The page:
Those of you who are traveling through a divorce understand that a divorce is not a singular event. A divorce is not defined by the point in time during which legal documents are signed or filed. Instead, divorce is a process, often a long one. You will be faced with many unwanted surprises, and many tears will fall. Most likely you will often feel defeated, deflated, and just plain sad. At times, you will feel hopeless and helpless and very, very angry. An attorney once told me, "Kristy, you married an asshole, and then you had children with him." She then threw up her hands and exclaimed that there was only so much she could do to help me "fix" my situation.
The only clear winners in a divorce are the attorneys. It is unlikely that either spouse or the children involved will walk away from a divorce feeling victorious. In fact, it is rumored that the family court judges aim for both parties to leave their courtroom feeling like they have lost so the couple will be discouraged from ever returning to argue in front of them again.
It is all just so ugly; the breakdown of the relationship, the decision to divorce, the grieving process, the fighting, the custody schedule, new "normal."
So where is the hope? Are we destined to ride the roller coaster from hell forever? Thankfully, I believe the answer to that question is an emphatic "No."
In the words of Gary Zukav, "Eventually you will come to understand that love heals everything, and love is all there is." In my opinion, the secret to personal success as you travel through a divorce is love. Choosing love as you navigate this process will leave very little room for all of the negative emotions that try to sneak their way into your heart. This choice is a discipline; it takes time to train your body, mind, and soul to choose love over the variety of negative emotions that will well up in your heart. Focusing on loving your children and yourself will automatically breed joy and thankfulness no matter how ugly or impossible your process can seem at times.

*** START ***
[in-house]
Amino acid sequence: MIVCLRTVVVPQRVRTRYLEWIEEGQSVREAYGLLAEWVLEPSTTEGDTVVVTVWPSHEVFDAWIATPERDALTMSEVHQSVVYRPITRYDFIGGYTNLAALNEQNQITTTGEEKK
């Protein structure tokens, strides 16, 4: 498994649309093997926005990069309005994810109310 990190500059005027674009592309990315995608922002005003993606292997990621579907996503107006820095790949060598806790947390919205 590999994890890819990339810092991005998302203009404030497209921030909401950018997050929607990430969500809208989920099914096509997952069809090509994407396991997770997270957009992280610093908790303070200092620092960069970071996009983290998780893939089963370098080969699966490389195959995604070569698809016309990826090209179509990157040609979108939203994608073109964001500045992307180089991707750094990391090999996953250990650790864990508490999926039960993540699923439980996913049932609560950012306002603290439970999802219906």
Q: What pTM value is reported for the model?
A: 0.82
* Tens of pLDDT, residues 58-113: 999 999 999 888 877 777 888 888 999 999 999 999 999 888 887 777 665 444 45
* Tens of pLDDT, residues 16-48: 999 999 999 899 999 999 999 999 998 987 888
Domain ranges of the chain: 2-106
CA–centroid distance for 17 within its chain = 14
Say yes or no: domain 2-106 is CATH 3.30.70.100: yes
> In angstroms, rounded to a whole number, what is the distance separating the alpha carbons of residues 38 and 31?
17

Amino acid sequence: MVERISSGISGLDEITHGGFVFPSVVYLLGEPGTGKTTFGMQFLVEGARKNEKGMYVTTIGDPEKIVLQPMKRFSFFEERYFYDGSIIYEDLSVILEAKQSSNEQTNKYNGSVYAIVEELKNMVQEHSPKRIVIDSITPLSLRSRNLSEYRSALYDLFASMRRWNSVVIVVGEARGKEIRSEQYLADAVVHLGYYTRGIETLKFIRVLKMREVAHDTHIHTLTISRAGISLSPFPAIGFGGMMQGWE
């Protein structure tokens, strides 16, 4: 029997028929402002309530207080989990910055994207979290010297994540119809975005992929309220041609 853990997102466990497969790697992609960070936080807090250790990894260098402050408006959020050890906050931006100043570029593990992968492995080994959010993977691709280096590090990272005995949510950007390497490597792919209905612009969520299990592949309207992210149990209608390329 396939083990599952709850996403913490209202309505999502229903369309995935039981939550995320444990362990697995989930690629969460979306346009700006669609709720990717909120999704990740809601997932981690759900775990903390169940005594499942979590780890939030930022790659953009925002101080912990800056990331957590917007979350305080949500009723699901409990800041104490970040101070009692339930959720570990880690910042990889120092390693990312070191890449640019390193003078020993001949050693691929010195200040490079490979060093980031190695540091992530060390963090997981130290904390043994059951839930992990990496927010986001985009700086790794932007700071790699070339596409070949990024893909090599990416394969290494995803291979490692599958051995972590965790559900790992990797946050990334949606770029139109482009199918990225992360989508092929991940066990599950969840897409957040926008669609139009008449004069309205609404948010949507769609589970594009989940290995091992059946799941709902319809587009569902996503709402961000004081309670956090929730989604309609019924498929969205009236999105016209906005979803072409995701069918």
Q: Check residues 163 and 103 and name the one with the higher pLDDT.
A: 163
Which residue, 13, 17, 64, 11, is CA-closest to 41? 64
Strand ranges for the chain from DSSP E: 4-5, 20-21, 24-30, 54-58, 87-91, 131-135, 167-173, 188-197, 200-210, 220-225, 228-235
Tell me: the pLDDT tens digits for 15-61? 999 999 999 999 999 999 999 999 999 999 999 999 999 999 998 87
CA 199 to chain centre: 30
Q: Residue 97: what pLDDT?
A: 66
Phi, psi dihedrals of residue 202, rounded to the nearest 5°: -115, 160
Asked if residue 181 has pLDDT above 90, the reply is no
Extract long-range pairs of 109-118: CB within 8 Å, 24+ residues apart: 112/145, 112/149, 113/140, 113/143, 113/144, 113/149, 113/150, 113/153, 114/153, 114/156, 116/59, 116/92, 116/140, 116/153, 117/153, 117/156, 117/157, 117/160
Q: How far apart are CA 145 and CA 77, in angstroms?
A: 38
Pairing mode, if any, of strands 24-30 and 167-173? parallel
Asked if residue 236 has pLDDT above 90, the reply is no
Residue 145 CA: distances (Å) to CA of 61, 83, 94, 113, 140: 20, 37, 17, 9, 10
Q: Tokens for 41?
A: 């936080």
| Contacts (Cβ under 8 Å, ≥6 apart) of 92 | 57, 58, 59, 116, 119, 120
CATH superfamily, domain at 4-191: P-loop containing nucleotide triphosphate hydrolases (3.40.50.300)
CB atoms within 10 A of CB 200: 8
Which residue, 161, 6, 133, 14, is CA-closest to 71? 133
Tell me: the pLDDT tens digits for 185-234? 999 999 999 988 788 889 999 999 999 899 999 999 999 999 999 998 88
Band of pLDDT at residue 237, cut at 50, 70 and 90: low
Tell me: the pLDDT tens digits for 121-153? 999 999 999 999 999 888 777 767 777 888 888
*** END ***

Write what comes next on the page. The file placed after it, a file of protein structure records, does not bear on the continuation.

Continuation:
The five stages of grief are said to be denial, anger, bargaining, depression, and finally acceptance. I don't believe in shortcuts. Be prepared to work through all five steps, only then can surviving your divorce turn to thriving in spite of it.
February marks the seventh anniversary of my separation from the father of my oldest two daughters. I passed the acceptance phase quite some time ago. I have been living in a stage of apathy. Seven years ago I could have never imagined feeling apathy for my ex-spouse. No more sadness, no more anger, he rarely crosses my mind. I couldn’t be more content with my life as it is now. When you find happiness and contentment in your new "normal," you will no longer feel any need, desire or obligation to engage with your ex-spouse, period.
As I look back, I am grateful for my divorce. Second, to my children, releasing me from our marriage is the best gift my ex-husband ever gifted me. Without his decision, I would not be living my life with a devoted, loving partner. I would not have given birth to my third daughter; my older daughters would not have had the life experiences they have been blessed with as a result of our new "normal." Without the divorce, I would not have learned the many tough character lessons that make me who I am today.
The journey has been long and at times very difficult but never lonely. There have been countless self-help books and therapy sessions as well as Mom night outs and the unending support of some very dear girl friends. My girls have always been on the forefront of my mind. Even during the darkest days I would think of them and how I had to be my best for them.
I have more self-confidence and courage and love to give than I ever would have at this point in my life had my ex-husband, and I stayed married. So if you are traveling through a divorce and you are feeling angry, sad, deflated, and defeated, don’t lose hope. Unfortunately, to see how far you’ve come, you have to be able to look back and reflect on the path you have traveled. So continue on your path and one day, I promise you will find ways to be thankful for the journey you have traveled.